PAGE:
In the first sentence of this piece, I would like to come out publicly as someone who has altogether way too much student loan debt. It's a ludicrous amount. Outrageous. A subprime mortgage lender would look at my statement and say, "Boy, someone really screwed you over." My monthly payments hamstring me. I work two full-time jobs in an effort to pay the loans down. I don't seek sympathy, nor do I care to put up with criticisms built upon just-world fallacies. All I'd like to note is that acts of financial ignorance when I was 18 have followed me nearly a decade, and will continue to do so for the foreseeable future.
That said, as someone who swims through debt like Scrooge McDuck swims through doubloons, my ears open any time a new idea about student loans enters the public forum. The current piece roaring through social media this week comes from Lee Siegel in The New York Times:
"I defaulted on my student loans.
As difficult as it has been, I’ve never looked back. The millions of young people today, who collectively owe over $1 trillion in loans, may want to consider my example."
Siegel writes that his credit currently resembles Bikini Atoll circa 1946, but he was able to prepare himself for this current state and stresses that those who consider following his lead need not be afraid. He even roots the piece on a series of moralistic arguments rooted in ideas of justice
"Moneyed stumbles never seem to have much consequence. Tax fraud, insider trading, almost criminal nepotism — these won’t knock you off the straight and narrow. But if you’re poor and miss a child-support payment, or if you’re middle class and default on your student loans, then God help you."
It's an interesting piece that I've seen passed around by young people seeking any means necessary to escape from debt.
It's also terrible advice.
JJ Feinauer of Deseret News has done a good job summarizing the overwhelmingly negative response, with scathing critiques coming from a wide range of ideologies. For example, Slate's Jordan Weissman calls Siegel's article "deeply irresponsible" in his piece that, if you check the URL, was composed upon the idea that Siegel's op-ed is the worst ever written about student loans. Other criticisms lay assault on Siegel's sense of entitlement, his questionable ethical position, and his downplaying of the colossal consequences of default. It's this last part that's most vital.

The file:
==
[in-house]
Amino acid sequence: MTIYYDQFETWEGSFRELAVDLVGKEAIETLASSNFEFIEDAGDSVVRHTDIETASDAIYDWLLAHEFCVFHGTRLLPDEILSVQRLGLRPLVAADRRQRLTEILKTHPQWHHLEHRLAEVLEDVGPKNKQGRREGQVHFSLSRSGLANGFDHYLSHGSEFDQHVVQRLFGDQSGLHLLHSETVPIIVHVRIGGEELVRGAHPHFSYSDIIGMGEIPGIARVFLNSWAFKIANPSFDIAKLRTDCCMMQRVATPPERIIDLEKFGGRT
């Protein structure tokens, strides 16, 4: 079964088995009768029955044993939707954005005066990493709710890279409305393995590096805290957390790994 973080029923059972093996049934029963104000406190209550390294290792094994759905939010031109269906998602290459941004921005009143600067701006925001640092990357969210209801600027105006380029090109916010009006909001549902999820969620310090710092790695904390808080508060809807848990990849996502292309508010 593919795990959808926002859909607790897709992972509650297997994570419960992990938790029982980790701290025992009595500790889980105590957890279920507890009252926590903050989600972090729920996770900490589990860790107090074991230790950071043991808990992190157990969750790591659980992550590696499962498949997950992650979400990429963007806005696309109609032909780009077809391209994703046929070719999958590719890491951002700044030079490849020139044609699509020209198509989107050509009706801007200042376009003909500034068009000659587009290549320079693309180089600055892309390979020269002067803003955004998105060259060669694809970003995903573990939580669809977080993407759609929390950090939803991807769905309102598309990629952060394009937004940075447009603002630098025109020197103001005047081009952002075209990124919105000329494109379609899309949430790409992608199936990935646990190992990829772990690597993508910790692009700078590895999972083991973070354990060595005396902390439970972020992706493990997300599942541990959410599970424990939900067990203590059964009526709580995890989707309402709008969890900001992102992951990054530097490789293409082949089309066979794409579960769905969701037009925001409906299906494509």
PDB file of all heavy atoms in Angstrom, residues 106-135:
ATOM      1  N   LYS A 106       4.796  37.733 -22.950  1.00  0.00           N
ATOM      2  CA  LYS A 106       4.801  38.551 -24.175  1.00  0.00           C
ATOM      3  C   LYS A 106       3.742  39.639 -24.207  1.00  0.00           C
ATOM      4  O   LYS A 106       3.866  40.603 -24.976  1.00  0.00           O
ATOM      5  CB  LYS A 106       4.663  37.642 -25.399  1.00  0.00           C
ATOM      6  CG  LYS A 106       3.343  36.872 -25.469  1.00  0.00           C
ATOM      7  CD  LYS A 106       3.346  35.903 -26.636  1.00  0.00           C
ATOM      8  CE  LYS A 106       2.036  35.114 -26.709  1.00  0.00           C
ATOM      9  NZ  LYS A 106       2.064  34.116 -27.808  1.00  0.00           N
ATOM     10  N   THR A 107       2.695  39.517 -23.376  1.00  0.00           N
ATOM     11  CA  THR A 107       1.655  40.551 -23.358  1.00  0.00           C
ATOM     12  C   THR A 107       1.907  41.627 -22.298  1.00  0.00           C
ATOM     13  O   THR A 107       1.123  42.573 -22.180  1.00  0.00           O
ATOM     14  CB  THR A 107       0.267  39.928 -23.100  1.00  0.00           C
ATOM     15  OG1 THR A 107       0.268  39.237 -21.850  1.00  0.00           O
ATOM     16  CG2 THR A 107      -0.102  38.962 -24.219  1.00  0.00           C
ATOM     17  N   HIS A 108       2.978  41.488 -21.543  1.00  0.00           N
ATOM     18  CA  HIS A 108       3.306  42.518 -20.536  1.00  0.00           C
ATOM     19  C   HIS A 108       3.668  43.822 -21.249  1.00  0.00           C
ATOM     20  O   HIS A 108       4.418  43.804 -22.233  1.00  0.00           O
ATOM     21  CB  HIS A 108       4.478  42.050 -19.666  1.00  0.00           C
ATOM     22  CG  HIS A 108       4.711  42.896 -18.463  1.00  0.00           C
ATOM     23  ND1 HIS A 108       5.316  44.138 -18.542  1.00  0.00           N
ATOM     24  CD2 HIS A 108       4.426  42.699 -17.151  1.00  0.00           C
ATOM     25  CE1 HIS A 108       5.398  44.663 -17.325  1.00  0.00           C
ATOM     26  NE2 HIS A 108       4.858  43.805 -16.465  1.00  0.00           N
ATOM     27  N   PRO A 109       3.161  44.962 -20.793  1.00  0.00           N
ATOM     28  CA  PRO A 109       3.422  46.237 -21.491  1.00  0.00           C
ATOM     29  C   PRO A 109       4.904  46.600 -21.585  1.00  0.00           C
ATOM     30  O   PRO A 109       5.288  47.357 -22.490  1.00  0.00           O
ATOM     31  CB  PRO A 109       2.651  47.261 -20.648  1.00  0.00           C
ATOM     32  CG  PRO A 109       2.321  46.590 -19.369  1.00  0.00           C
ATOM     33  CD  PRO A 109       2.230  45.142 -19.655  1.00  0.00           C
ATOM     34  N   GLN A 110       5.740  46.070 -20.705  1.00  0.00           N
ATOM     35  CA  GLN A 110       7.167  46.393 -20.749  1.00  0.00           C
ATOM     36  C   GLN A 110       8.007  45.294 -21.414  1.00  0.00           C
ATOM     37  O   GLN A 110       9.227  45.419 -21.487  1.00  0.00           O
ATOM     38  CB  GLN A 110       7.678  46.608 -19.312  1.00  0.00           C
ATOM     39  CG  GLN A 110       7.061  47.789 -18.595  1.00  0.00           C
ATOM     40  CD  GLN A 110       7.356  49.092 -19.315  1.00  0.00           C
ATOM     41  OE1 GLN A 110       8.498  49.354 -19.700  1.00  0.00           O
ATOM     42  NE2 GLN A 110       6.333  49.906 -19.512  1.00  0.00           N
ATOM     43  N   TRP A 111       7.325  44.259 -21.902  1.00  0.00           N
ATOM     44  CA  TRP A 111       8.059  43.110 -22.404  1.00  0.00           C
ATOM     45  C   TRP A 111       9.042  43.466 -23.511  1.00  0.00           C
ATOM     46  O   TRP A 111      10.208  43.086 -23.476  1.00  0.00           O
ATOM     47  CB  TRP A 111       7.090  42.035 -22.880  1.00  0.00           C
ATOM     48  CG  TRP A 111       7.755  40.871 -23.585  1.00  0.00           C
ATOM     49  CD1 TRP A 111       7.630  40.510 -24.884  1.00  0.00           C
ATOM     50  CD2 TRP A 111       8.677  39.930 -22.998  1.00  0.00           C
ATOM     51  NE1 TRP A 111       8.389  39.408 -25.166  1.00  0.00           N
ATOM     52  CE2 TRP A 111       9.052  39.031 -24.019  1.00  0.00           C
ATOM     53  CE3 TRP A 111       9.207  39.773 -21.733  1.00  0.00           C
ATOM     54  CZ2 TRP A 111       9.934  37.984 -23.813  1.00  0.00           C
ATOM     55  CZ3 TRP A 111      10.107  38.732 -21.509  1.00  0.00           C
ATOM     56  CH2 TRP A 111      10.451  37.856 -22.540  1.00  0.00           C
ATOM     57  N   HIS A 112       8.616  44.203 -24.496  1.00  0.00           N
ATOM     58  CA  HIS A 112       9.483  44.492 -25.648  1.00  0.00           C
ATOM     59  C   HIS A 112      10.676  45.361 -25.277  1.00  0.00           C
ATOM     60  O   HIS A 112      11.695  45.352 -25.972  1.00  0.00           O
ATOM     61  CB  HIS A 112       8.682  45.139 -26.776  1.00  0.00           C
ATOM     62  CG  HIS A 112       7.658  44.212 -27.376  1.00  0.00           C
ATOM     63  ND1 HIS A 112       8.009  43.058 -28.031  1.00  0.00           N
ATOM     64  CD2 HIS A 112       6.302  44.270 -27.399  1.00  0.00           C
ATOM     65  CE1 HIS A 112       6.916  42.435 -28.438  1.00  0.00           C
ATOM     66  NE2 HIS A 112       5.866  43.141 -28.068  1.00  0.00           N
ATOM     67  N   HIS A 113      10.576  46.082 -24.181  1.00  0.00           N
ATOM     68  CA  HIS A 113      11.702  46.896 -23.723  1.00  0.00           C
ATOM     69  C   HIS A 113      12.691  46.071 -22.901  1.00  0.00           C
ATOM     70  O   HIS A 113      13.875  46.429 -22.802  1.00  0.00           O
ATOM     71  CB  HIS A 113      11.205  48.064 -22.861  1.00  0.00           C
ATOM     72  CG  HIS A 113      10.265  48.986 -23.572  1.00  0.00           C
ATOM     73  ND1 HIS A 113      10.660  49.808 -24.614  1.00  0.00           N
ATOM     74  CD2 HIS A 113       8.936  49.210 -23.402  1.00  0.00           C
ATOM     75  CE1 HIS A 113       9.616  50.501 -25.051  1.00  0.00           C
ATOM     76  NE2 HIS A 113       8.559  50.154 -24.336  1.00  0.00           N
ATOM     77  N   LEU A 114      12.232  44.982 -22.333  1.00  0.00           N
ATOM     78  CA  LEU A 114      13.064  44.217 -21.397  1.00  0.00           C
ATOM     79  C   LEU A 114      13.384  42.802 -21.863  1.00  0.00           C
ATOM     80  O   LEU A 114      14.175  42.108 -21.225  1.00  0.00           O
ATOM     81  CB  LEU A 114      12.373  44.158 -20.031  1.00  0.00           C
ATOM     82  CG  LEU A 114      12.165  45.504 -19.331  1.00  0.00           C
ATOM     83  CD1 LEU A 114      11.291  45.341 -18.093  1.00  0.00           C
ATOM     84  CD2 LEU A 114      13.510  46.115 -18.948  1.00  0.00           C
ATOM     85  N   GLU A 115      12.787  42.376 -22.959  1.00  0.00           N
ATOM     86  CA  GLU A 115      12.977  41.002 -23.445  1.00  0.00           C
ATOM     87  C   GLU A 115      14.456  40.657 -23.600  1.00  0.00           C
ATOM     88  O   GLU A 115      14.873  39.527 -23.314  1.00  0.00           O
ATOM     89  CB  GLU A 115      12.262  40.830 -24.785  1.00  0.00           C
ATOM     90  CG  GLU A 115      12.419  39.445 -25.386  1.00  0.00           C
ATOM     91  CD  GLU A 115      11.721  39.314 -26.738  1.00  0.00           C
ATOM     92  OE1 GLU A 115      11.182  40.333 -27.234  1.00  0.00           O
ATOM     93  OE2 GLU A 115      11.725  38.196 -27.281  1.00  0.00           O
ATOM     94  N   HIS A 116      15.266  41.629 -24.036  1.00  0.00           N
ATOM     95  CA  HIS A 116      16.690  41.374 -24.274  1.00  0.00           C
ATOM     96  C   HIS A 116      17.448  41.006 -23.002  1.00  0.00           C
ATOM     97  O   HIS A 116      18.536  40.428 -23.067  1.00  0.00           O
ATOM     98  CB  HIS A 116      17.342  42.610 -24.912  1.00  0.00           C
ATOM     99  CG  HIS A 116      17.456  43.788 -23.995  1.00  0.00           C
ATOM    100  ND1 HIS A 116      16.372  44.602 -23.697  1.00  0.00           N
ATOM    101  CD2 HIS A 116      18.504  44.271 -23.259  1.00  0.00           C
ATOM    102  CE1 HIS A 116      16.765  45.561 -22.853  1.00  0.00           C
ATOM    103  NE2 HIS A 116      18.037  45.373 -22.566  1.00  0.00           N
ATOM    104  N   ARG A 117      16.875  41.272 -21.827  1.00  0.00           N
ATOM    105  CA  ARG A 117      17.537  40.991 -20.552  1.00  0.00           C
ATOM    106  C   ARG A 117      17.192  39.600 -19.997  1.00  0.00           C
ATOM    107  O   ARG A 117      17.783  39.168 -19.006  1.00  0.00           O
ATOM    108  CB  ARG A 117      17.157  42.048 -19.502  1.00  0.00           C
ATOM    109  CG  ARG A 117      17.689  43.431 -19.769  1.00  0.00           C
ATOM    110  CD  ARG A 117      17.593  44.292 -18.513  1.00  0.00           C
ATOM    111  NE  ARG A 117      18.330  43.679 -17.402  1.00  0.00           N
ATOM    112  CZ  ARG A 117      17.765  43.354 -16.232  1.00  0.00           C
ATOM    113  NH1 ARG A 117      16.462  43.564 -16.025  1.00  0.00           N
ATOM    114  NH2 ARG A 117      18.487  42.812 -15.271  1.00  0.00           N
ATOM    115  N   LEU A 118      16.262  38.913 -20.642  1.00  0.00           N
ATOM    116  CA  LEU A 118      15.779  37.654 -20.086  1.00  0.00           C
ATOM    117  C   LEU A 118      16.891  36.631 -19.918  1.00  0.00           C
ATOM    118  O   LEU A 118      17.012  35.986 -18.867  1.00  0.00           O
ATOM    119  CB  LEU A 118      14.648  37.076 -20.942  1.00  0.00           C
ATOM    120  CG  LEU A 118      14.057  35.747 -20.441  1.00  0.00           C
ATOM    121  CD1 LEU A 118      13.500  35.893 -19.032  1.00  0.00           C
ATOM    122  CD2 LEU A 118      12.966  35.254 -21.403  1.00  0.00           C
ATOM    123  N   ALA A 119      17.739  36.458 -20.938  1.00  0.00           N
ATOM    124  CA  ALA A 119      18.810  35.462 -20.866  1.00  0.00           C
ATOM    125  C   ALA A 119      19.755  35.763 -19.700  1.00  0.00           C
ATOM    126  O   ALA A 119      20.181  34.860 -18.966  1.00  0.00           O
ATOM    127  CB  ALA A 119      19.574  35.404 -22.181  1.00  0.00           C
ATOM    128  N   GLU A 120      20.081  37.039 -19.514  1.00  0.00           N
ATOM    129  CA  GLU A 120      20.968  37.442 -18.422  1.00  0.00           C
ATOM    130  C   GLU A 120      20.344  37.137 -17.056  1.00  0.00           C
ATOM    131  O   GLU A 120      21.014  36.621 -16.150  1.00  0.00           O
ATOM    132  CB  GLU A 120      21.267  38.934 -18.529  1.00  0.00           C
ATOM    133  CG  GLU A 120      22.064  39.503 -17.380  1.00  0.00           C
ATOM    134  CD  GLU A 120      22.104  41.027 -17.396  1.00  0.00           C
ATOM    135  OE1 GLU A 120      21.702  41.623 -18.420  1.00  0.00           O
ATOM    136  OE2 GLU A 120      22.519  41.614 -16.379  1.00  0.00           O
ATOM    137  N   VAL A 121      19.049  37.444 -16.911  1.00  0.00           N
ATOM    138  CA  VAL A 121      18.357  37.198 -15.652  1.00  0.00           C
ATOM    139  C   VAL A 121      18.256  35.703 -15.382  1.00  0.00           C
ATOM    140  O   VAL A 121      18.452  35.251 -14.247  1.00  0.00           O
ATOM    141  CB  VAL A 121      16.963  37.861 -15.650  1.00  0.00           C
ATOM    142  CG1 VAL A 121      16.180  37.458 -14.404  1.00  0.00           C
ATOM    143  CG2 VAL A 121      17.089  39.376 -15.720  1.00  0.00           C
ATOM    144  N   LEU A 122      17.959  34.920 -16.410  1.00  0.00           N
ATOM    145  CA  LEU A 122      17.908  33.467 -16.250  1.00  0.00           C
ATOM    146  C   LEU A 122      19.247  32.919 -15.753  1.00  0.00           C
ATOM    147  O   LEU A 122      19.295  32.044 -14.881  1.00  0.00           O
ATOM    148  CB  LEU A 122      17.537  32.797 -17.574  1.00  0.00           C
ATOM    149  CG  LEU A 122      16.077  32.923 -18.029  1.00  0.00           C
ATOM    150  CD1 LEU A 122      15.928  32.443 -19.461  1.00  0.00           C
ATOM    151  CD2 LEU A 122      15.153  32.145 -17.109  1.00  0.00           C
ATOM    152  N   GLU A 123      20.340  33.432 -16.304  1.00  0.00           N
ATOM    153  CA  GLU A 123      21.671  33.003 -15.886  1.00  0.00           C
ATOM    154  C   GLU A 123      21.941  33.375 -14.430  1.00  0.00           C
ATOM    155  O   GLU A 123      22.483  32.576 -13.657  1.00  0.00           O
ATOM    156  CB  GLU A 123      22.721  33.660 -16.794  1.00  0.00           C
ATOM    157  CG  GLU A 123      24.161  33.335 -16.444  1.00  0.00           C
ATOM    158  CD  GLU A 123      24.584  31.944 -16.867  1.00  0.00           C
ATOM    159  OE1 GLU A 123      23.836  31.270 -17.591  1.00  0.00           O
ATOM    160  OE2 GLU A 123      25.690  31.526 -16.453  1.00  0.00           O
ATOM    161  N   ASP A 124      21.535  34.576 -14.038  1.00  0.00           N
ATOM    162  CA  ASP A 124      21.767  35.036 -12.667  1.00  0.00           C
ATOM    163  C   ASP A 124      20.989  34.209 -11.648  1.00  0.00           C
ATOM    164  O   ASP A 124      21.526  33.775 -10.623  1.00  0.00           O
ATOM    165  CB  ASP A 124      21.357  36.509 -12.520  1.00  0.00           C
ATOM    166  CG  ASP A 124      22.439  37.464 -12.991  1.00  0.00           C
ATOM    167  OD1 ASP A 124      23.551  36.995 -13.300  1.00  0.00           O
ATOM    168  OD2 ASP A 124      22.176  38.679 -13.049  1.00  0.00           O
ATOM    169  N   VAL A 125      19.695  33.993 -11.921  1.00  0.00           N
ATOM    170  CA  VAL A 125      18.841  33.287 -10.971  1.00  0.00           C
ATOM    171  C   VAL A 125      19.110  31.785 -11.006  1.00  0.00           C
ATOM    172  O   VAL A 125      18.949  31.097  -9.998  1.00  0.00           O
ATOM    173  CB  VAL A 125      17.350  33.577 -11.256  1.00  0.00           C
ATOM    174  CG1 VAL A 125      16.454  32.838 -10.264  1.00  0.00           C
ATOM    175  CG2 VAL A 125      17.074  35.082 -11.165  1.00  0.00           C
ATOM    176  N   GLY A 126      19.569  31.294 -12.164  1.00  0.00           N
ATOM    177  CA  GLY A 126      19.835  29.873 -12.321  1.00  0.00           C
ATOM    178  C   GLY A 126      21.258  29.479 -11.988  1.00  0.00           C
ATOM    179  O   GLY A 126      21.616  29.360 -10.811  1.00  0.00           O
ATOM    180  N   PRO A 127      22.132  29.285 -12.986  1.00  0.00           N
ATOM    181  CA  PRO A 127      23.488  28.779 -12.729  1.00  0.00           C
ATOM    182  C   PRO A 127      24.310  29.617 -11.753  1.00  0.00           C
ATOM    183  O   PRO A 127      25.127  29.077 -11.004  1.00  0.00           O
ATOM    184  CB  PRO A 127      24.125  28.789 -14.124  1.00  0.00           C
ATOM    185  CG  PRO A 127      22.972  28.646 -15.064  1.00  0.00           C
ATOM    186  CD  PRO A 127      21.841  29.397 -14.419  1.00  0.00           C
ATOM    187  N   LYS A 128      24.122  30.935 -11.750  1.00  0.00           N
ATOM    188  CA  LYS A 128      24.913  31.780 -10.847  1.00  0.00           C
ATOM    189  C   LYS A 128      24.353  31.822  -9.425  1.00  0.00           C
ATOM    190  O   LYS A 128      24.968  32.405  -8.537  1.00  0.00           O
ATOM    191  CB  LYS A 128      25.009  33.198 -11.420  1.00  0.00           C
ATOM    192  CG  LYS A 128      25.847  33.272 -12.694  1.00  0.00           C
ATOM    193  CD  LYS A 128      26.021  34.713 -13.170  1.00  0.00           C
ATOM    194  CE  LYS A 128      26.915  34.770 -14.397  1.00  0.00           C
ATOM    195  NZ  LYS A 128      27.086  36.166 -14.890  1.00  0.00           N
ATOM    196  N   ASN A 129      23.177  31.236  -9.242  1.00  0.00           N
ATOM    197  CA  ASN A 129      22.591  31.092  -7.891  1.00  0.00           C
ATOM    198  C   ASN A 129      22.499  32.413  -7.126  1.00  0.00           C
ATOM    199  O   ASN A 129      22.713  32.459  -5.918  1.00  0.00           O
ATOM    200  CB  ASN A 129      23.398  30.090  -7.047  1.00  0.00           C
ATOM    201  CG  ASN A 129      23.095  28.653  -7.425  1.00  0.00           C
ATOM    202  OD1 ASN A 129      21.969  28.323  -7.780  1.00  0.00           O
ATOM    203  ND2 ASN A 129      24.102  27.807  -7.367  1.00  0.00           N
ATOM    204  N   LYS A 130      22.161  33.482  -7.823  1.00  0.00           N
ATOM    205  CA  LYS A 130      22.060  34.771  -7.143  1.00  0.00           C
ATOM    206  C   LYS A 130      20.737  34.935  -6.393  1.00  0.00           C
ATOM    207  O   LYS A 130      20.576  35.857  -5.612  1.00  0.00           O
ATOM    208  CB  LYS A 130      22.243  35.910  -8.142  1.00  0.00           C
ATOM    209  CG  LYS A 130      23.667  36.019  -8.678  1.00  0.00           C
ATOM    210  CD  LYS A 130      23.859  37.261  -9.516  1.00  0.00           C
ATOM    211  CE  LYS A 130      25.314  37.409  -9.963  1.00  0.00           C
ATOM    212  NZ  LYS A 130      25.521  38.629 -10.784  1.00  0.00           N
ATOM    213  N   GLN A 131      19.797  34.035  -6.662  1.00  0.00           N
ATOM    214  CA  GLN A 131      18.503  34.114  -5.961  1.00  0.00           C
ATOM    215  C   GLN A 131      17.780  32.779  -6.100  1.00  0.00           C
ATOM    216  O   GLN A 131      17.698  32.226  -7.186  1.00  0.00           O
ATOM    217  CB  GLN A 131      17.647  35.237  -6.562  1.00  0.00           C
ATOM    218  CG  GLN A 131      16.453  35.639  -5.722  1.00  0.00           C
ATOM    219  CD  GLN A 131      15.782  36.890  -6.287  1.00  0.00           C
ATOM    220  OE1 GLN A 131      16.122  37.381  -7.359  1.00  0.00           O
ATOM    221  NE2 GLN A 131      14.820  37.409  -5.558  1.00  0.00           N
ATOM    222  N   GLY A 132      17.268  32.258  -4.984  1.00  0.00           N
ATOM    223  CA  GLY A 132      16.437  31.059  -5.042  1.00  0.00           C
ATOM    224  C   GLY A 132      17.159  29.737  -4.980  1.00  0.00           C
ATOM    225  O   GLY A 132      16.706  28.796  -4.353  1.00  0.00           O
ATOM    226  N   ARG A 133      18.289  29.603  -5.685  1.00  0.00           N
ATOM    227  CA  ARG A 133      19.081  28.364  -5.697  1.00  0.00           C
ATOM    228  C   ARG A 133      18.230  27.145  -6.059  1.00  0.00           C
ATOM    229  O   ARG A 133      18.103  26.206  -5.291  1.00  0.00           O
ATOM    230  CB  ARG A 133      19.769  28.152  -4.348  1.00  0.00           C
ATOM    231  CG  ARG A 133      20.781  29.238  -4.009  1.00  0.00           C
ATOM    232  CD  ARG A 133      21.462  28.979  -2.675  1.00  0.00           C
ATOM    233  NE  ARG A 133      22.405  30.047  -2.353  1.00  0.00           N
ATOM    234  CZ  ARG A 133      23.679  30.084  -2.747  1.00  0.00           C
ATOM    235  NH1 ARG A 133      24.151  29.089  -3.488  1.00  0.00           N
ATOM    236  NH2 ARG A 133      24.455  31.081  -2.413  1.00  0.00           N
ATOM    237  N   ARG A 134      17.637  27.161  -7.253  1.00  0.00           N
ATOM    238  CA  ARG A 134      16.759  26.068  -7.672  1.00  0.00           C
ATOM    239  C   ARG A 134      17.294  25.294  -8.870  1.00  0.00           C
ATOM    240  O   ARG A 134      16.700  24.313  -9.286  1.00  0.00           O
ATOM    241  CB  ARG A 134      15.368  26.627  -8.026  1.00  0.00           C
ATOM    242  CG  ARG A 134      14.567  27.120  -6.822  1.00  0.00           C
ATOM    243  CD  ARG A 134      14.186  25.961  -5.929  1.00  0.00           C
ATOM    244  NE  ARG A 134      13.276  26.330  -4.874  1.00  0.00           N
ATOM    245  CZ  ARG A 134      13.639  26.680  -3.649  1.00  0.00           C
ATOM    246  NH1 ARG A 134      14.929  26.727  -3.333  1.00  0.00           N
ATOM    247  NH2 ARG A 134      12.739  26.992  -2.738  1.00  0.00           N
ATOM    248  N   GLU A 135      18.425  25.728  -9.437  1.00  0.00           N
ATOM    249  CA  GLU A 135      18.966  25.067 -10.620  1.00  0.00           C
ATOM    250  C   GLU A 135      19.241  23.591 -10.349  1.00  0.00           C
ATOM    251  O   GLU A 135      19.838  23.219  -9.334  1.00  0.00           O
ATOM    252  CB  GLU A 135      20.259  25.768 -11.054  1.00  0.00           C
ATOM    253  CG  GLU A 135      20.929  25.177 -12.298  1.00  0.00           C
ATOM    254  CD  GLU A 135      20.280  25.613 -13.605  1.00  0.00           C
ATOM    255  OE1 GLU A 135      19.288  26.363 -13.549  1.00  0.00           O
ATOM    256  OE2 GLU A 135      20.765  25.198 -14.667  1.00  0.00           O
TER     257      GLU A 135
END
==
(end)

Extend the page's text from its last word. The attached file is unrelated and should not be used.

We as a collective society are fully capable of wearing ourselves out yelling back and forth about the ethics of student loan debt, even before we tackle the questionable ethics of Siegel's decision. I'm not interested. We've had this conversation plenty of times before. It's like politics around the Thanksgiving table. (Shut up and pass the cranberry sauce.) Been there, done that — let's save our breath and search for solutions rather than throw dirt.
What's most important to point out about Siegel is this very basic truth: He's not giving good advice, and those who follow him will likely be making a huge mistake. Siegel's main error is in how dangerously myopic his assertions are. It may be easy for him, an author and critic of considerable fame and regard, to fearlessly get around his default. For pretty much anyone else, the garnishments and inability to pass a background check aren't compatible with the feelings of comfort he promises:
"You might want to follow these steps: Get as many credit cards as you can before your credit is ruined. Find a stable housing situation. Pay your rent on time so that you have a good record in that area when you do have to move. Live with or marry someone with good credit (preferably someone who shares your desperate nihilism)."
That's like saying, "Hey, don't worry about the wildfire quickly approaching your home. Just dig a hole so you can live all subterranean-like from now on. You'll like it. Nice and cool. No fire underground, after all."
Hardly any oxygen either.
If there's any good that could come from Siegel's piece, it's that his words will spur conversation about other more viable methods for dealing with crippling student debt. Mine is a burden, but I'm either too proud or stupid to even consider leaving my debt on someone else's doorstep, though if the federal government decides it's in the best interest of the country to bail us out, I'll accept it. Until then, it's a matter of making it work, day by day.
Below, Big Think Chief Economist Daniel Altman makes an off-the-wall suggestion for how a system in which students can avoid taking out student loans:
Photo by Mario Tama/Getty Images